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World War Two - Women


The Women of the U.S. Marine Corps (Think Magazine, 1946)

"'Lady Leathernecks', as the trimly-clad members were affectionately dubbed, responded to their country's call some 19,000 strong, accomplishing more than 150 different jobs at more than fifty Marine bases and stations throughout the United States."

"Organized February 13, 1943 the Women's Reserve was directed by Lt. Colonel Ruth Cheney Streeter (1895 1990). Women in the Marine Corps were authorized to hold the same jobs, ranks and pay as Marines."

 

The Women of the U.S. Coast Guard (Think Magazine, 1946)

"From the icy sweeps of Alaska to the tropical Hawaiian Islands, trimly clad girls in the dark blue of the Coast Guard SPARS have served since their organization was founded in 1942 to fill the shore posts of men at sea."

"Communications and radio work were an important phase of their duty. Another field in which SPARS were exceptionally active was aviation, with young women in navy blue working in control towers, instructing fledgling fliers via the Link trainer, and parachute riggers...SPARS were also required to familiarize themselves with weapons."

"Ranking woman officer is Captain Dorthy C. Stratton (1899 - 2006), Director of the Women's Reserve, appointed on November 24, 1942).

 

The U.S. Army Nurse Corps (Think Magazine, 1946)

"The Army Nurse during World War II was at work in every quarter of the globe, serving on land, on the sea in hospital ships and in the air, evacuating the wounded by plane. Because of the rugged conditions under which she served, she was trained to use foxholes and to understand gas defense, to purify water in the field and to crawl , heavily equipped, under barbed wire."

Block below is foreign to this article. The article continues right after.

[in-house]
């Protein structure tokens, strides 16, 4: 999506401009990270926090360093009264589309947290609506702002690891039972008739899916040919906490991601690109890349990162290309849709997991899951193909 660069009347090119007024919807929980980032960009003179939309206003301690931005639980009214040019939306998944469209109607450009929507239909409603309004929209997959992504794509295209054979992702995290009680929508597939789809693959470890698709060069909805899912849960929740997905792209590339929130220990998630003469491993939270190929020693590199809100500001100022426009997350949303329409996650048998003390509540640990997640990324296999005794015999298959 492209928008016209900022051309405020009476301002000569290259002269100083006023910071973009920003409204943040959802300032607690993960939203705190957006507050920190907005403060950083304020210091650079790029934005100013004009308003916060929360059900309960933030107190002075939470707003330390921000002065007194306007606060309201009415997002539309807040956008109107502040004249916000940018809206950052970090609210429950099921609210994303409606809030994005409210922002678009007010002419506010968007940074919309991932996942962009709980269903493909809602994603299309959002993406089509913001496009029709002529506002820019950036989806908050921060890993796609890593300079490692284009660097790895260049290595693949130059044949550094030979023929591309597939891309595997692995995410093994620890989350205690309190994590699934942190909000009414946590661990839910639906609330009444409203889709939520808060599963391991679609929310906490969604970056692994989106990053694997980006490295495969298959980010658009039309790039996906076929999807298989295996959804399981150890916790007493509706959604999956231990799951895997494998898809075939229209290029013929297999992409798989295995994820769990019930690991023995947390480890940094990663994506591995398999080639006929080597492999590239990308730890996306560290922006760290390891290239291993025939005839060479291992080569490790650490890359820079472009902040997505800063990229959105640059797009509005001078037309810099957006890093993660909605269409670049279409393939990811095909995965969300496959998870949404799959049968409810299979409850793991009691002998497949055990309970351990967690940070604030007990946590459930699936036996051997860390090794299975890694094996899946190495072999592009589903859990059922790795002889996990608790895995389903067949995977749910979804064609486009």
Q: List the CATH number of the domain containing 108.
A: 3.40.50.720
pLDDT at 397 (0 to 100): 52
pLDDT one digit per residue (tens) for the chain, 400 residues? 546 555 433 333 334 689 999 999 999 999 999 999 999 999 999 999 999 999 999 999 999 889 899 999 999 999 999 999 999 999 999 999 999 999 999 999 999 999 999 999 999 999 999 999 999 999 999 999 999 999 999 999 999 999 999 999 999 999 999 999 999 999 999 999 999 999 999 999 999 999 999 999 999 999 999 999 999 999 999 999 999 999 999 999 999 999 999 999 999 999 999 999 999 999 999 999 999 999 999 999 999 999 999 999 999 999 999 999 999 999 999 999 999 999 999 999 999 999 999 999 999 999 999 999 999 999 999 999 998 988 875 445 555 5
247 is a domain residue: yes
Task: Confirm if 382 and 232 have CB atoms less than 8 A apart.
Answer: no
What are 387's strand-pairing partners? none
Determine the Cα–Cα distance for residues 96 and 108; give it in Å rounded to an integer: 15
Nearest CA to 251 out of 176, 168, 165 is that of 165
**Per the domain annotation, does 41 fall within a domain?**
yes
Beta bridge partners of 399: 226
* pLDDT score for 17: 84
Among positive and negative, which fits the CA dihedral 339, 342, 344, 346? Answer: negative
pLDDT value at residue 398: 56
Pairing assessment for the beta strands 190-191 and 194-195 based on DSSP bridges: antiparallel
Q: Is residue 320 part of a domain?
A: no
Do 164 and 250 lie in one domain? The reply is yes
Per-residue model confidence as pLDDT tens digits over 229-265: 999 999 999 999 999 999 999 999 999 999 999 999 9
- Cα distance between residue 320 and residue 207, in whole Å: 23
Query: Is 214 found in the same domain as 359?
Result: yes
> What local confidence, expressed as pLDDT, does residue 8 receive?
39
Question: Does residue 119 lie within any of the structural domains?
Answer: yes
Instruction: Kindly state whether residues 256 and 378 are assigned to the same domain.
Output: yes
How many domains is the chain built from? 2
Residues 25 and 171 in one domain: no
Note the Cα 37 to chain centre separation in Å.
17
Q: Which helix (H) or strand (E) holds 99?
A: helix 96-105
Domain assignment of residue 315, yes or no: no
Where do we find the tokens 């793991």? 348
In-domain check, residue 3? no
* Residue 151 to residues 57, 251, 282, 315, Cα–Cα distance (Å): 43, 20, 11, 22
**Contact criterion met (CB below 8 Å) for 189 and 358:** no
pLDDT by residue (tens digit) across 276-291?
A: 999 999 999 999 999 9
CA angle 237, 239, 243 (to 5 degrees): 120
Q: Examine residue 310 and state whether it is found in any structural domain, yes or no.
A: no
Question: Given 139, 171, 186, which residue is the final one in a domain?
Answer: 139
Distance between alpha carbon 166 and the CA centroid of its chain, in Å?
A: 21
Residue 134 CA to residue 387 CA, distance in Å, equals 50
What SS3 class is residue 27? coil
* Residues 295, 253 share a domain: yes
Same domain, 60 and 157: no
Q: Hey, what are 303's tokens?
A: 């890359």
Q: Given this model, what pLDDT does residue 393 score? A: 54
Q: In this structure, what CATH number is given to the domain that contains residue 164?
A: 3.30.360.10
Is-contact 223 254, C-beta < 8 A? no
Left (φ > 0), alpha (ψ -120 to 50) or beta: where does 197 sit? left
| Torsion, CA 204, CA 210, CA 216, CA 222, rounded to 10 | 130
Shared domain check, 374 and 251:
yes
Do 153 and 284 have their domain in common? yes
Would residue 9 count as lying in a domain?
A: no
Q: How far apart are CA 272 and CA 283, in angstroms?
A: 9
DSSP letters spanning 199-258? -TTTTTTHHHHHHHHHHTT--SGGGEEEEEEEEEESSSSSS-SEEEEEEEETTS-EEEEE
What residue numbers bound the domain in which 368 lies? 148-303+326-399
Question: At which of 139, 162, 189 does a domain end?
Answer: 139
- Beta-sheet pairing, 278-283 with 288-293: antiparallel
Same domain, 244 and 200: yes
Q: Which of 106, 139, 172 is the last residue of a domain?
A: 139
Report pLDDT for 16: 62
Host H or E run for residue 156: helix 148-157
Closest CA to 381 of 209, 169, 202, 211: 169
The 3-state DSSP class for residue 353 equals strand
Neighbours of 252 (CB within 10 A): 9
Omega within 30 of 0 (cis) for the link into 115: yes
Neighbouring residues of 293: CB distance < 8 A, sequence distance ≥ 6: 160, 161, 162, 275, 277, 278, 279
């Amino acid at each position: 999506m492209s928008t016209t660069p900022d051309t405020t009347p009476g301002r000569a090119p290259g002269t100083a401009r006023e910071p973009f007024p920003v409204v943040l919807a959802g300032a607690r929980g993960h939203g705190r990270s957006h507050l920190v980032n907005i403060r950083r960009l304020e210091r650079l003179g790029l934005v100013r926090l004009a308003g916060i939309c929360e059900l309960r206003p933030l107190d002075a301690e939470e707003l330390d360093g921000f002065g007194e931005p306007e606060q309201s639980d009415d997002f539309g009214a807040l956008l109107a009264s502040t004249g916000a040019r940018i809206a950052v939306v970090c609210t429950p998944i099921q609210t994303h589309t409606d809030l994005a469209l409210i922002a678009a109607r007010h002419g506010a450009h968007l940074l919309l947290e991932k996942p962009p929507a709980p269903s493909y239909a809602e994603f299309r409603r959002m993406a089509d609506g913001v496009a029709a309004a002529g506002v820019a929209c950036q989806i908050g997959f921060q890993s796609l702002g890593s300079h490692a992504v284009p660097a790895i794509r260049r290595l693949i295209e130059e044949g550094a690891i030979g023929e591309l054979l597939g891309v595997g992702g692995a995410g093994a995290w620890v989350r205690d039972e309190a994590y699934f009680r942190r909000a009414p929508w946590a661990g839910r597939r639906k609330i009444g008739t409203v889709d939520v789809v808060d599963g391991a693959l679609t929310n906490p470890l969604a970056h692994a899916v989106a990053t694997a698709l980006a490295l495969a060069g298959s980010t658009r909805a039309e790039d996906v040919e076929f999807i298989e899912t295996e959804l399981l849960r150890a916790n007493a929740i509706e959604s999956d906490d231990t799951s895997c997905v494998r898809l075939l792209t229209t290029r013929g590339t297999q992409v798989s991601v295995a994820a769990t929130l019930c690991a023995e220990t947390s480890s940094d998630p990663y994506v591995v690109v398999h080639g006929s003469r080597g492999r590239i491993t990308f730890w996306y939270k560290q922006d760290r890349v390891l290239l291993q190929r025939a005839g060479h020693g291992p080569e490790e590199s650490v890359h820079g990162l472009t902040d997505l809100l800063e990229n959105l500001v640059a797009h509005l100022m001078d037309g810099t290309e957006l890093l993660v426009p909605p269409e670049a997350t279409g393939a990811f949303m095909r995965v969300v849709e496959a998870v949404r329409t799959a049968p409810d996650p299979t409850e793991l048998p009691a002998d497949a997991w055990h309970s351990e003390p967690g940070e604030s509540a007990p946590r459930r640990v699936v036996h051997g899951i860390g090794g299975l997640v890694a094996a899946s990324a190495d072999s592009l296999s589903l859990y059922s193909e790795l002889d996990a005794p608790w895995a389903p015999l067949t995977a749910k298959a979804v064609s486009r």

By the time VJ-Day rolled around, the Army Nurse Corps was 55,000 strong.

(From Amazon: G.I. Nightingales: The Army Nurse Corps in World War II)

 

The Cadet Nurse Corps (Think Magazine, 1946)

"Youngest and largest of the the women's uniformed services, the U.S. Cadet Nurse Corps, has made nursing history in the brief span of it's existence...the corps includes more than 112,000 women between 17 and 35 who enrolled to help meet the emergency demand for nursing service and at the same time prepare themselves for a post-war profession."

 

The Navy Nurse Corps (Think Magazine, 1946)

The attached story of U.S. Navy Nurse Corps and the brave and remarkable women who gallantly served within it's ranks throughout the Second World War is told in this brief article. It documents the selfless service of Navy Nurses who stayed behind in the Philippines to face Japanese captivity rather than desert their patients.

"That was typical of the steadfast manner in which Navy Nurses adhered to duty throughout the war, forsaking personal comfort and safety to bring the benefits of their skills to the sick and wounded".

 

Women Worked The Farms (Click Magazine, 1943)

Although the Selective Service agency granted 4,192,000 draft deferments to farmers throughout the course of World War II, the U.S. Department of Agriculture recognized that this number alone would never be enough to harvest the food necessary to feed both the home front and the armed forces. With this shortage in mind, the Women's Land Army was created in 1943 to provide that essential farm labor that proved so vital in winning the war. Between the years 1943 and 1945 millions of American women from various backgrounds rolled up their denim sleeves and got the job done. The attached magazine article is one of the first to tell the tale of this organization, and was printed at a time when there were only 60,000 women in the field.<

 


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